Are you ever boastful? You should be…

What do you mean my child's been turned into a polar bear?

What do you mean my child’s been turned into a polar bear?

This blog post is by Nicola Baird sharing ideas about thrifty, creative and eco-friendly ways to raise children. This post is all about keeping life in perspective. For more info about my book Homemade Kids, with lots of ideas about parenting click here.

I think we’ve all been guilty of being proud of our children. And to those of you at a different stage, say teenage rebellion, you might even have been guilty of boasting how unbelievably awful your child can be.

Over past month alone I’ve heard people tell me their child is terrific at maths, got a boyfriend at last (she’s 13, agh), able to pack away their lego, found a job, got a place at university, can throw proper two year old tantrums… These children are all different ages of course, and I’m so glad people do share stuff about their kids over the phone, in conversation, on Facebook, in Christmas Round Robin letters, any way they like. Not only do I want to know, it’s wonderful to see and hear about children as they grow up.

What’s not to like about a little boastfulness? It’s far better than…

Lost front teeth, cute as a newt!

Lost front teeth, cute as a newt!

“They’re too old now”
Rather more poignantly, I find that listening to how other kids are growing up helps us all remember our own children at the same age/stage of development. Indeed a friend with an independent older teen told me recently that she may have the photos but she finds she really misses her sweet two year old, or the little girl who wore a woolly hat, or the child who hugged up close for a bedtime story. “I’m mourning those children,” she said eyes welling up.

With two girls at secondary school it can’t be long before I’m mourning the little children household we had – forgetting how exhausting it was constantly looking after a tot.

P1000726

Loving the lego stage, in retrospect. Perhaps you’ve forgotten the pain of standing on lost bits of lego, or the nightmare of clearing it all away?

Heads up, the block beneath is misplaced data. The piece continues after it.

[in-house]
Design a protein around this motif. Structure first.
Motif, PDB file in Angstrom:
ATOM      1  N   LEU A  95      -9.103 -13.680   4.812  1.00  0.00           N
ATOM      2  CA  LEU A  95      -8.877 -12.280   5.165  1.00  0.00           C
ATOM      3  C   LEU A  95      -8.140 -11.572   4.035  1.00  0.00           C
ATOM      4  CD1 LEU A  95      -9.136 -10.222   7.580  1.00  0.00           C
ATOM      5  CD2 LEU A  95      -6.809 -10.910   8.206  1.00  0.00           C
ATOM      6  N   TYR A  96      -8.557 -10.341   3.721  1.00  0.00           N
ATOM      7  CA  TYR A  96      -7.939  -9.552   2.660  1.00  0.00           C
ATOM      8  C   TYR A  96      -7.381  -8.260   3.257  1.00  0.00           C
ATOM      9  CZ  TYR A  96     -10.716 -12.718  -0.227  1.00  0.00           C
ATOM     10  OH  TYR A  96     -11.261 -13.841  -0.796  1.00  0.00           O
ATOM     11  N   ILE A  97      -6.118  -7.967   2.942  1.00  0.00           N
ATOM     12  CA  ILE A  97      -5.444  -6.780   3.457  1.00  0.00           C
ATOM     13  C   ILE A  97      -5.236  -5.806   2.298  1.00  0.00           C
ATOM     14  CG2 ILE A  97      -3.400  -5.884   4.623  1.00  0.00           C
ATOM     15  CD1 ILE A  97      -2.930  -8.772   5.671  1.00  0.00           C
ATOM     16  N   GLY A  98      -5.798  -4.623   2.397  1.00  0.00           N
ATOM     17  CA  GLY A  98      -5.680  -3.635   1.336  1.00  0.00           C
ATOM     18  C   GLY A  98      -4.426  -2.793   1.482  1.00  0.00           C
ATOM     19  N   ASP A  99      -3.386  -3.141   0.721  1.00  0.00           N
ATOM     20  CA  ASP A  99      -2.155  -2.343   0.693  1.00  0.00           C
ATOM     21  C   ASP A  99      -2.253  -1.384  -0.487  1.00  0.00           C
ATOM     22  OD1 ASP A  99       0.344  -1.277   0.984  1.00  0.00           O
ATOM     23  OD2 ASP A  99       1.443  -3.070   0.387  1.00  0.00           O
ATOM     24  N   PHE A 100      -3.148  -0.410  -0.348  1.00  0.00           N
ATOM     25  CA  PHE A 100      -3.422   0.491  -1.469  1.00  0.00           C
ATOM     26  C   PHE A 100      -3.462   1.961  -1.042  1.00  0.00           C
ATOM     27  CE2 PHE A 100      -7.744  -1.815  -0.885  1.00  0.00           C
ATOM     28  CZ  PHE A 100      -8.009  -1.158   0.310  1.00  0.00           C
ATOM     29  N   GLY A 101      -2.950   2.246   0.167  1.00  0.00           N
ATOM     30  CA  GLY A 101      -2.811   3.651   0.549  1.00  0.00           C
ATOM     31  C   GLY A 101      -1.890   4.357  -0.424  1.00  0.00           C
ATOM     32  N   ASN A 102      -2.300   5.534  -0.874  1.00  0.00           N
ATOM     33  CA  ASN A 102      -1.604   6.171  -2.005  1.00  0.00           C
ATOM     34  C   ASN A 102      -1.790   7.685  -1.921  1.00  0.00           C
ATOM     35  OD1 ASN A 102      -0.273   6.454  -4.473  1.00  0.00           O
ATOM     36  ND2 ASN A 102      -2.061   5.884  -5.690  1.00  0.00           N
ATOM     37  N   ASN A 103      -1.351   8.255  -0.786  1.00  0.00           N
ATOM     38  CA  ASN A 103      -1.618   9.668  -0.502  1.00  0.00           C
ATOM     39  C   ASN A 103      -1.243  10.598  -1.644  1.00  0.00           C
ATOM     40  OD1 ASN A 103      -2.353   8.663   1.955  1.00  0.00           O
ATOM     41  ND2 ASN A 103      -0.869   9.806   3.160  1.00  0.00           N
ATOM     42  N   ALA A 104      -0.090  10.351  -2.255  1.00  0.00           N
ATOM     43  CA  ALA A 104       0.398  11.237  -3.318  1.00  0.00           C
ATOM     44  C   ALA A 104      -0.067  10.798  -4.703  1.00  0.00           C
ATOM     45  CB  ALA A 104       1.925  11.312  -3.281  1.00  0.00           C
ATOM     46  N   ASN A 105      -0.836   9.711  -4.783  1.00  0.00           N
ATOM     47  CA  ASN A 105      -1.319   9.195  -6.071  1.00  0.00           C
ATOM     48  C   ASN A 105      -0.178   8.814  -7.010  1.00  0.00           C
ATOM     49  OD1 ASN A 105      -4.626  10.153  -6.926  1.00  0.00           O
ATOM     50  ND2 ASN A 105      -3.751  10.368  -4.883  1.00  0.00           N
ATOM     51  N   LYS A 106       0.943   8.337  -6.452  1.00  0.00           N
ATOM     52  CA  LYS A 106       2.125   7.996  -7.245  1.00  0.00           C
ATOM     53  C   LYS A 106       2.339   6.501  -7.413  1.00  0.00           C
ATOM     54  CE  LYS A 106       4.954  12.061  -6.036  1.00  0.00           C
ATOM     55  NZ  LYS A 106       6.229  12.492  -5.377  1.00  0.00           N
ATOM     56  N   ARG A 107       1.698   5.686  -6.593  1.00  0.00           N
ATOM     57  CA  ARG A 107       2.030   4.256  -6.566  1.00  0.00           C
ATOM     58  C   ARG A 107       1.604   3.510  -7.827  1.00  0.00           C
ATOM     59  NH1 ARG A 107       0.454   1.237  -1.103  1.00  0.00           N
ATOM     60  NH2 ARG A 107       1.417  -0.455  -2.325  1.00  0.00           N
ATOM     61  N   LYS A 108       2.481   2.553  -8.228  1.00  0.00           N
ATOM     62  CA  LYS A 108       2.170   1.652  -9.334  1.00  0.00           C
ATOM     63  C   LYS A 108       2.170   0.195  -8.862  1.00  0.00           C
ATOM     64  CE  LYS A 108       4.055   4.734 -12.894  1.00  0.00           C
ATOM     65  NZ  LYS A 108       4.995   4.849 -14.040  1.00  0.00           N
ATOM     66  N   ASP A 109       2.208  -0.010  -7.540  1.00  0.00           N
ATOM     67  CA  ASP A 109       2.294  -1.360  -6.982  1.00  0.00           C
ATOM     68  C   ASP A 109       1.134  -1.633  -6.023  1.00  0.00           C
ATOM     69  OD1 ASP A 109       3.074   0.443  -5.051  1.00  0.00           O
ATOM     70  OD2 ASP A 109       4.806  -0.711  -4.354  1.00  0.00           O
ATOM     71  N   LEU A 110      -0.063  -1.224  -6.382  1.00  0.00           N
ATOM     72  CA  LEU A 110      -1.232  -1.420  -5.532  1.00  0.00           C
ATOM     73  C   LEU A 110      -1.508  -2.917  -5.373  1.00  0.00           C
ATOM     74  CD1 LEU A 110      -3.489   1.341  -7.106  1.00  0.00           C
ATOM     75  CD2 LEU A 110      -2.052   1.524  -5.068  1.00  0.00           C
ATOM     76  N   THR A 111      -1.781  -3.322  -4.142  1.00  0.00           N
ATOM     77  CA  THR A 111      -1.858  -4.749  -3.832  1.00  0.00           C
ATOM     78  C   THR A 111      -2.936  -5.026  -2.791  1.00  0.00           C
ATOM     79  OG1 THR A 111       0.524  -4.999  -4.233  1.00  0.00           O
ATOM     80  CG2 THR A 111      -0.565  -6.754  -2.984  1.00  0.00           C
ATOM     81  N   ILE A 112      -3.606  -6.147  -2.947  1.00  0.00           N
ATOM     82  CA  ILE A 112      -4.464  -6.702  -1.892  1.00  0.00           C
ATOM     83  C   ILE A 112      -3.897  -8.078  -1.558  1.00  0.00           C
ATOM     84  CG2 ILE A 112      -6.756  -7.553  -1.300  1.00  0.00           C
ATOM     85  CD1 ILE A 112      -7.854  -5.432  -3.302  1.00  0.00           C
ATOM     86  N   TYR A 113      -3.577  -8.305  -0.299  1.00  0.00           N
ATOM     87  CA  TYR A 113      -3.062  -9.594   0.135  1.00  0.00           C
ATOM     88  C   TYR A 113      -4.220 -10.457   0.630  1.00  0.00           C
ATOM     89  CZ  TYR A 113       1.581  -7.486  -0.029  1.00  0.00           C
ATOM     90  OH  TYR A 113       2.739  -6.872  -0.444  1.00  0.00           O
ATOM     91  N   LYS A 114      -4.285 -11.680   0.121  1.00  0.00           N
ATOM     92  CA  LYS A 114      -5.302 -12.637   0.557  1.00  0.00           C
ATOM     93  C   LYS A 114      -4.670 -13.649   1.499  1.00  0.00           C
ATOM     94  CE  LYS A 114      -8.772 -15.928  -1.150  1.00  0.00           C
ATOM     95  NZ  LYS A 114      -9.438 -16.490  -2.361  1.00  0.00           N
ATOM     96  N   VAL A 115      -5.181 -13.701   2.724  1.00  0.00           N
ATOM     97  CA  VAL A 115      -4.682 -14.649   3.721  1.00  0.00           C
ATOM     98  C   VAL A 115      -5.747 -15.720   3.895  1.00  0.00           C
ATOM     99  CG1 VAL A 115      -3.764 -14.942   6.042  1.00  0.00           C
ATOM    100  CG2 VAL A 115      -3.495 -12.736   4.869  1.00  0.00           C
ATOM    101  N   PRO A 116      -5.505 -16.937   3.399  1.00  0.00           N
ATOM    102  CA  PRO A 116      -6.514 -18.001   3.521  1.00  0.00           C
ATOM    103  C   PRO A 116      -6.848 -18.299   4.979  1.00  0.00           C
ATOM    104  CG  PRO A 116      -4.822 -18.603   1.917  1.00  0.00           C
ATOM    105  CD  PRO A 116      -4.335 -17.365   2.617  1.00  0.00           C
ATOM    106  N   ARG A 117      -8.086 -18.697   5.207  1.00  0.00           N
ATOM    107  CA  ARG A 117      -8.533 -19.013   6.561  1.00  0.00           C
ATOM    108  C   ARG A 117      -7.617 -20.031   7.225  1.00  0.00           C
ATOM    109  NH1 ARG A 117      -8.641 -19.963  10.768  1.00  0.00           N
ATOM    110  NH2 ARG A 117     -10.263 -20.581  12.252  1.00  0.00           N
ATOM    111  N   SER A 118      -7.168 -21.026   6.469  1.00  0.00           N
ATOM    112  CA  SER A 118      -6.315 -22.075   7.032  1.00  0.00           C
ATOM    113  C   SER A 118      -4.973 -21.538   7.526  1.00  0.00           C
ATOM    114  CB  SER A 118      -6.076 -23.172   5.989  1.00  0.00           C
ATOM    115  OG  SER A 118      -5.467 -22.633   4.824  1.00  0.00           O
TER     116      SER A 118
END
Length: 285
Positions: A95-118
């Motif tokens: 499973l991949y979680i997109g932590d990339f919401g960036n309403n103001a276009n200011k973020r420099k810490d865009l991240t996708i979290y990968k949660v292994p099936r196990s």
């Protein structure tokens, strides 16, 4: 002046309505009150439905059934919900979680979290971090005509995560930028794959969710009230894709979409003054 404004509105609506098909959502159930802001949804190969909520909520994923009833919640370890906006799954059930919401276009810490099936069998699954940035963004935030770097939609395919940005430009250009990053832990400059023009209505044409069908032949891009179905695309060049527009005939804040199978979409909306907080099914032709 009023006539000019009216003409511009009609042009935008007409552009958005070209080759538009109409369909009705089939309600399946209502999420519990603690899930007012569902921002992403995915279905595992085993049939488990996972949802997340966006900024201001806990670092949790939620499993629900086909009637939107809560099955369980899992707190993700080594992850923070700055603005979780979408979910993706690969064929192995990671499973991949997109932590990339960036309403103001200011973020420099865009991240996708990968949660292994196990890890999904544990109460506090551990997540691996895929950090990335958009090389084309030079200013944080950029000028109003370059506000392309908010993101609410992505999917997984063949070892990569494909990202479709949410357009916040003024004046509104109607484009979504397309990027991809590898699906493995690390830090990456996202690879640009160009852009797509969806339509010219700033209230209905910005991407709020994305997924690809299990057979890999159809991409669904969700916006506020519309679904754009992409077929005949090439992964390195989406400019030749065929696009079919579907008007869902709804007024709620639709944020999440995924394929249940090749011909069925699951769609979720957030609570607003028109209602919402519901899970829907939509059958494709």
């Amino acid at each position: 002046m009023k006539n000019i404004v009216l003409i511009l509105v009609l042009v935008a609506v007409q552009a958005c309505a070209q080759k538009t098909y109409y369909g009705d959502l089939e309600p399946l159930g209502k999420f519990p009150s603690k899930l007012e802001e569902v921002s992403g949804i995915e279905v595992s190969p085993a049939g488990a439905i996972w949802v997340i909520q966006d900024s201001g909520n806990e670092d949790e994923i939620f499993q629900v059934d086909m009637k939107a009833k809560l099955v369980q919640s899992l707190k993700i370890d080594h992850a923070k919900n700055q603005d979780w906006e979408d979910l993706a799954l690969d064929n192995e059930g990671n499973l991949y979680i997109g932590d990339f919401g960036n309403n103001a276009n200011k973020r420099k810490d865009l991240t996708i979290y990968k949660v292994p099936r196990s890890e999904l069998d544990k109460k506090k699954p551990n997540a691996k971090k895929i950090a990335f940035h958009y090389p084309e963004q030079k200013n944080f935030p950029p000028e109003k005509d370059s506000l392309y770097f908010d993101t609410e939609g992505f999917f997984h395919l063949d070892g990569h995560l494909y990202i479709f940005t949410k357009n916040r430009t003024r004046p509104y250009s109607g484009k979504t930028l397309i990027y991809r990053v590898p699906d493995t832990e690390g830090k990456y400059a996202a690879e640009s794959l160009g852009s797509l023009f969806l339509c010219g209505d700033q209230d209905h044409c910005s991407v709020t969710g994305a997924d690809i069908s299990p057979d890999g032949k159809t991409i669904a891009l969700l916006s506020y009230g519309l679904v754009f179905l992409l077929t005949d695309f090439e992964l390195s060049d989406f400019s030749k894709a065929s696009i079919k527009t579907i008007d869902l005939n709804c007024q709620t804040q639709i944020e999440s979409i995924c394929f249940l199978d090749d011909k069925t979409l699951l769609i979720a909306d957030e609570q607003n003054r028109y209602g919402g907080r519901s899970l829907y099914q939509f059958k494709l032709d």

So to all of you with little ones, here’s to a happy and safe holidays and the hope of a few treats where you get some time off.  My tip is share the tasks, and live in the moment, just like the kids do. Oh yes, and eat more snacks.

And to all of those of you with bigger kids, here’s to a happy reflection of those good old days, without sinking into deep regret.  My tip is collect those lovely drawings, school reports and outgrown shoes/clothes and think of clever ways to preserve them – not just photos. This could be a very satisfying 2013 project for the cold winter months.

Well, that’s what I’m telling myself.

Over to you?
What do you think – boastfulness is never acceptable, or it’s a lovely part of sharing the things you and your child have enjoyed doing together and will make the hard times easier.

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2 Comments on “Are you ever boastful? You should be…”

  1. Pete May Says:

    I’ve never needed to boast about my brilliant kids.


  2. There’s a balance isn’t there – a parent who never boasts about something their child/ren have done can seem slightly odd, but one who does nothing but boast about their children can drive you up the wall! What I don’t like is when parents boast about their children knowing that they are putting your children down in doing so, e.g. talking about the amazingly high mark their child got in a test when they know that your child got a very low mark; I hope I’m sensitive enough to not do that myself!

    But yes, we should definitely show-off now and again about how wonderful our wonderful children are!


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